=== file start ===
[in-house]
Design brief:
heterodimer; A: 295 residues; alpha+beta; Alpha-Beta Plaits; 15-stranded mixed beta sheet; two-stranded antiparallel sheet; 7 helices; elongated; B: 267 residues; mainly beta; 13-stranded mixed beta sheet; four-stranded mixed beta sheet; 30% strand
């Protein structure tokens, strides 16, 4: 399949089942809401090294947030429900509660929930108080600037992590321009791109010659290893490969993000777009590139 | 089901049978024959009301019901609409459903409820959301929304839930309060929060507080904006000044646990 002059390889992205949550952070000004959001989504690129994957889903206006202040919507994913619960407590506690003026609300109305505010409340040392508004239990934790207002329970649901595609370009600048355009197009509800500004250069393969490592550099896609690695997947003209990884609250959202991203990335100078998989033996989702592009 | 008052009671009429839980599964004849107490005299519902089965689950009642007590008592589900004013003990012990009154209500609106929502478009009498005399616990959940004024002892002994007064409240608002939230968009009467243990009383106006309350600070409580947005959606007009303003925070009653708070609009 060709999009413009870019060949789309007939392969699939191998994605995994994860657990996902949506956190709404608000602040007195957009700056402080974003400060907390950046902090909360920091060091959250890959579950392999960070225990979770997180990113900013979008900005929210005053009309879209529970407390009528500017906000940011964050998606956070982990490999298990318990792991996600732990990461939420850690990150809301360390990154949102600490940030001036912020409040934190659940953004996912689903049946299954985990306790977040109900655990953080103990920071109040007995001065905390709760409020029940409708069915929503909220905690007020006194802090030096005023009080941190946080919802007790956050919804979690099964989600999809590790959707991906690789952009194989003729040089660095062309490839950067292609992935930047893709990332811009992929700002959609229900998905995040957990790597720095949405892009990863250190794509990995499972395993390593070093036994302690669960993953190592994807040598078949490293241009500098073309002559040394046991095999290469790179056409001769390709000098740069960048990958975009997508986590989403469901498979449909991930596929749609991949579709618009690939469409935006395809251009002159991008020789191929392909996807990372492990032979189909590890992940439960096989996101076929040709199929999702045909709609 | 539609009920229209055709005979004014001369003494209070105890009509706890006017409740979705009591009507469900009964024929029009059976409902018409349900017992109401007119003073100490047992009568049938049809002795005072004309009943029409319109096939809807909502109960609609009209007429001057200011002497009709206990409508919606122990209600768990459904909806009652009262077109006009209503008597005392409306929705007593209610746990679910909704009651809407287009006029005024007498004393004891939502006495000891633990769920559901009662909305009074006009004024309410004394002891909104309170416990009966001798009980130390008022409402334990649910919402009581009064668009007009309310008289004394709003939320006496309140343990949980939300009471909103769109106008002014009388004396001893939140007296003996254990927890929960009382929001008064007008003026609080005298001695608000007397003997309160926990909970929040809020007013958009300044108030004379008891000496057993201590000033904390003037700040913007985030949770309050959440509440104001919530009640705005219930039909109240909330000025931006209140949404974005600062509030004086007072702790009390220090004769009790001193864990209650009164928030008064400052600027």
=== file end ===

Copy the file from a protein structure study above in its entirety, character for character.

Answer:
[in-house]
Design brief:
heterodimer; A: 295 residues; alpha+beta; Alpha-Beta Plaits; 15-stranded mixed beta sheet; two-stranded antiparallel sheet; 7 helices; elongated; B: 267 residues; mainly beta; 13-stranded mixed beta sheet; four-stranded mixed beta sheet; 30% strand
């Protein structure tokens, strides 16, 4: 399949089942809401090294947030429900509660929930108080600037992590321009791109010659290893490969993000777009590139 | 089901049978024959009301019901609409459903409820959301929304839930309060929060507080904006000044646990 002059390889992205949550952070000004959001989504690129994957889903206006202040919507994913619960407590506690003026609300109305505010409340040392508004239990934790207002329970649901595609370009600048355009197009509800500004250069393969490592550099896609690695997947003209990884609250959202991203990335100078998989033996989702592009 | 008052009671009429839980599964004849107490005299519902089965689950009642007590008592589900004013003990012990009154209500609106929502478009009498005399616990959940004024002892002994007064409240608002939230968009009467243990009383106006309350600070409580947005959606007009303003925070009653708070609009 060709999009413009870019060949789309007939392969699939191998994605995994994860657990996902949506956190709404608000602040007195957009700056402080974003400060907390950046902090909360920091060091959250890959579950392999960070225990979770997180990113900013979008900005929210005053009309879209529970407390009528500017906000940011964050998606956070982990490999298990318990792991996600732990990461939420850690990150809301360390990154949102600490940030001036912020409040934190659940953004996912689903049946299954985990306790977040109900655990953080103990920071109040007995001065905390709760409020029940409708069915929503909220905690007020006194802090030096005023009080941190946080919802007790956050919804979690099964989600999809590790959707991906690789952009194989003729040089660095062309490839950067292609992935930047893709990332811009992929700002959609229900998905995040957990790597720095949405892009990863250190794509990995499972395993390593070093036994302690669960993953190592994807040598078949490293241009500098073309002559040394046991095999290469790179056409001769390709000098740069960048990958975009997508986590989403469901498979449909991930596929749609991949579709618009690939469409935006395809251009002159991008020789191929392909996807990372492990032979189909590890992940439960096989996101076929040709199929999702045909709609 | 539609009920229209055709005979004014001369003494209070105890009509706890006017409740979705009591009507469900009964024929029009059976409902018409349900017992109401007119003073100490047992009568049938049809002795005072004309009943029409319109096939809807909502109960609609009209007429001057200011002497009709206990409508919606122990209600768990459904909806009652009262077109006009209503008597005392409306929705007593209610746990679910909704009651809407287009006029005024007498004393004891939502006495000891633990769920559901009662909305009074006009004024309410004394002891909104309170416990009966001798009980130390008022409402334990649910919402009581009064668009007009309310008289004394709003939320006496309140343990949980939300009471909103769109106008002014009388004396001893939140007296003996254990927890929960009382929001008064007008003026609080005298001695608000007397003997309160926990909970929040809020007013958009300044108030004379008891000496057993201590000033904390003037700040913007985030949770309050959440509440104001919530009640705005219930039909109240909330000025931006209140949404974005600062509030004086007072702790009390220090004769009790001193864990209650009164928030008064400052600027």